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Gov. Cox drops in to Park City Sunrise Rotary

Utah Gov. Spencer Cox made an appearance at O'Shucks in Pinebrook Thursday.
Utah Gov. Spencer Cox made an appearance at O'Shucks in Pinebrook Thursday.

Utah Gov. Spencer Cox paid a morning visit to the Park City Sunrise Rotary on Thursday. Over breakfast and reports on the club’s service projects, he shared thoughts on the state’s strengths and challenges. 

The Sunrise Rotary club meets Thursday mornings at O’Shucks in Pinebrook. This week, a special guest rolled in to talk about the state of the union — and had a few words about the Legislature’s role in Summit County’s land use decisions.

After listening to presentations on Rotarians’ service projects – which included feeding homeless youth, road cleanups, Afghan refugee relief and eyeglasses recycling — Governor Cox told the group that such work is the remedy for what ails society.

“What if I were to tell you that what you're doing here today is the solution to all of our problems in this country," he said. "Rotary provides connection. Rotary solves problems that government is struggling to solve. Rotary makes our community and state a better place.”

Communities need more service organizations, he said, as well as participation from younger people. He said research shows Americans are lonelier than ever before. That isolation and loneliness, he said, fuel many of society’s ills, such as addiction and tribalism.

“I like to say if we don't have any real friends, at least we can hate the same people together on Facebook," he said. "And that's sadly kind of where we've ended up, and politics has become a substitute for real connection and healthy connection. And involvement in politics is really good and healthy societies have involvement in politics. But when politics becomes our religion, we start to see everything through the lens of politics, then we are entering the early stages of a failed state.”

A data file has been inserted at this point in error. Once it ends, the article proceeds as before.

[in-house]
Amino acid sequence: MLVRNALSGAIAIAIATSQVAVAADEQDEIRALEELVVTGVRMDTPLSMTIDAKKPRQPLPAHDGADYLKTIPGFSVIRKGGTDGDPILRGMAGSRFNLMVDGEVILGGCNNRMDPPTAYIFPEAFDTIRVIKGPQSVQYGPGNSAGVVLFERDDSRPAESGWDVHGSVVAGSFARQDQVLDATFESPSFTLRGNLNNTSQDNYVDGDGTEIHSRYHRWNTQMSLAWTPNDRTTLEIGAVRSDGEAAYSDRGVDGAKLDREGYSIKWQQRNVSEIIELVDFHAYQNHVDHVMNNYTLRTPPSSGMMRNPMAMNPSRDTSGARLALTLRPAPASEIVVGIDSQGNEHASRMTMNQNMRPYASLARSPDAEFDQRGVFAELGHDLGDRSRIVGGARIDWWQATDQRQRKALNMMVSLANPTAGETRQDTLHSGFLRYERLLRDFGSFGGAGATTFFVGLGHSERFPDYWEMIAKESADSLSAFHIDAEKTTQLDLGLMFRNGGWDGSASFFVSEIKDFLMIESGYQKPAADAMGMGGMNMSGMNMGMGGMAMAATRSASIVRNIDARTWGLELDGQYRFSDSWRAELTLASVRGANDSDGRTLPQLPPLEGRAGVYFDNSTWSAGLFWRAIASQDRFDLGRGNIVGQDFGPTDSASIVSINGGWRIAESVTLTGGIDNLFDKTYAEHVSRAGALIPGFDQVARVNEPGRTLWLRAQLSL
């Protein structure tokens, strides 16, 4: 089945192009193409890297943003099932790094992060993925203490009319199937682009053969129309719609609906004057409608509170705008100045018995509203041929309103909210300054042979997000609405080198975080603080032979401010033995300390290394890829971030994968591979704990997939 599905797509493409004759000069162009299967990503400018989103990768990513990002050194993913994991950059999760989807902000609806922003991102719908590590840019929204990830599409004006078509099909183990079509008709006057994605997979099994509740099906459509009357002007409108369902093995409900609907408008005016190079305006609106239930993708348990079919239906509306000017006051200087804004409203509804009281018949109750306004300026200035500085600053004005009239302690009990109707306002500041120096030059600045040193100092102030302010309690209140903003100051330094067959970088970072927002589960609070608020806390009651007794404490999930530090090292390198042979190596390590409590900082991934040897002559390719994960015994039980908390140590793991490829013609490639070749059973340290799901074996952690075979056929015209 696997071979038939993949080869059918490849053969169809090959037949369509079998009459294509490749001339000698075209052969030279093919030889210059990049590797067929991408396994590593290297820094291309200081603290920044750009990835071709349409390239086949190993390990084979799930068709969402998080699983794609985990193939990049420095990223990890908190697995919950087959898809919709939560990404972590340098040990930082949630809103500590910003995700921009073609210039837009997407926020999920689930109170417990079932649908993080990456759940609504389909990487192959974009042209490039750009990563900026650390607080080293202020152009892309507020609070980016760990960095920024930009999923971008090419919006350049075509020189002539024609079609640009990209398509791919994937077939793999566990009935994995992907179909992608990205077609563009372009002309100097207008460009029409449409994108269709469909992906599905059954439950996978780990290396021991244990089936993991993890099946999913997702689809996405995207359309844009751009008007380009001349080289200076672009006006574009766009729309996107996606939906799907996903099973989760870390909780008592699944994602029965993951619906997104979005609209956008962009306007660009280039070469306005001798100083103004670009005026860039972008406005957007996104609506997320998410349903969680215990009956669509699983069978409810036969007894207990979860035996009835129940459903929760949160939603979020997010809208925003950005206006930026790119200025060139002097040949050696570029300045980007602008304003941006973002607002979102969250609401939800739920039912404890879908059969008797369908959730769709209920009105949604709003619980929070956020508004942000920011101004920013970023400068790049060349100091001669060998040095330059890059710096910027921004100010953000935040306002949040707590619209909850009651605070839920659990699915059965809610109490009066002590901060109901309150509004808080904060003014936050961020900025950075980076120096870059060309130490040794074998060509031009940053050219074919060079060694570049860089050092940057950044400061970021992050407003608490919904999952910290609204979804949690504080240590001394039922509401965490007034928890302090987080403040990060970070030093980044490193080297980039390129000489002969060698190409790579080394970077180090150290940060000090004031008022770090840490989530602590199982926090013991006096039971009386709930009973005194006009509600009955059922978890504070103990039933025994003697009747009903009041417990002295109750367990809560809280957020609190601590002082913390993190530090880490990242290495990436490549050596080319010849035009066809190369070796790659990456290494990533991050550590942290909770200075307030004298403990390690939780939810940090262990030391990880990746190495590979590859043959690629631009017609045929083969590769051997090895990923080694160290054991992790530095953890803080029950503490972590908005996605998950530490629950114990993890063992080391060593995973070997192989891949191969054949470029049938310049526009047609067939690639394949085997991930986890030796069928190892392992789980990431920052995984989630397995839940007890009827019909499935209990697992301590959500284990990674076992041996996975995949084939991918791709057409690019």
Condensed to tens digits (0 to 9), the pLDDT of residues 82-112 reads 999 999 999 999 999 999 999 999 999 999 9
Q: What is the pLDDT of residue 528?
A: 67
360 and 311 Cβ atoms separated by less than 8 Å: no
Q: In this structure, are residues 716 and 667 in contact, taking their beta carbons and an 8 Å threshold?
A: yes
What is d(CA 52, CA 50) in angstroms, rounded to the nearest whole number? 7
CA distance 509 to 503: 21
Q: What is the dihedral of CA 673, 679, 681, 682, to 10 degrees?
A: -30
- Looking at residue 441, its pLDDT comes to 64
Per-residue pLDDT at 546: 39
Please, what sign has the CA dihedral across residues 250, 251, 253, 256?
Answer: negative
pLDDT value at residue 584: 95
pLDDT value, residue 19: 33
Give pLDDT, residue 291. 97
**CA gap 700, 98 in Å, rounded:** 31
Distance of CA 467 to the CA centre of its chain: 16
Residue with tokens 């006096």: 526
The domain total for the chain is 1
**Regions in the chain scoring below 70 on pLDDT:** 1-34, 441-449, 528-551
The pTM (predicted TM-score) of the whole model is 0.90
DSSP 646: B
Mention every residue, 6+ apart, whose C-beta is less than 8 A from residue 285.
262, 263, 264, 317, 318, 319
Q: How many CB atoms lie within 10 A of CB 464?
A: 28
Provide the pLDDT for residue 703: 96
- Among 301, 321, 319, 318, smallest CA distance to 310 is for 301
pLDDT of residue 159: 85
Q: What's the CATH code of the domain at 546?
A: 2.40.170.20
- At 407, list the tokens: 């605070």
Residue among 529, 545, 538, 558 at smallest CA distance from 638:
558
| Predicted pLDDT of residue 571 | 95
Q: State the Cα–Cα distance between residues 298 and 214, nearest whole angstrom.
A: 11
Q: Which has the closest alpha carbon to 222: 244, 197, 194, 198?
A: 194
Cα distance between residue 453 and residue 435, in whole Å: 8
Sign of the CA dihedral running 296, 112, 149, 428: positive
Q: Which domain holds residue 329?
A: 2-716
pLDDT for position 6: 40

Cox steered clear of hot button political topics — with one exception. Without using the name HB462, he referenced the Legislature’s controversial 2022 housing bill. HB462 includes a provision requiring Summit County to establish a Housing and Transit Reinvestment Zone, or HTRZ, which could pave the way for dense development in the Kimball Junction area against county residents’ and officials’ wishes.

On that subject, Cox called Utah’s skyrocketing housing prices devastating. Alleviating that crisis requires more supply, which means denser development, he said, and NIMBYism — not in my backyard sentiment — won’t cut it anymore.

“The other place where we need your help is just to have some ‘yes in my backyard’ mentality and to try to say, not every development is a four letter word. Not every development is the end of our communities. So I know that's gonna piss some people off, and I'm sorry, otherwise you will have the Legislature coming in as they did, and saying, ‘Sorry, we're gonna start approving these developments.’ You can either do it and mold it and do it the right way. Or you can say no to everything. And then the state will come in and start saying yes to things and that's probably going to end up worse for you.”

Addressing the related crisis of Utah’s worker shortage, Cox said the answer is legal immigration.

“There is broad agreement amongst both Republicans and Democrats about securing the border and slowing down or stopping illegal immigration, but then increasing legal immigration, which would solve our problems," Cox said. "We have to change the narrative. And we could do it if politicians weren't trying to divide us for their own benefits, and that's where the change has to happen. I do think that Utah can be a leader. We've done that on refugees. We want people to come to our country.”

Cox peppered his talk with book and magazine recommendations, along with some pop culture. His bout with COVID last month provided downtime to finally check out the television show “Stranger Things.” He said he binge-watched the first three seasons in four days as his wife sent food to the basement of the governor’s mansion by putting it in an empty elevator.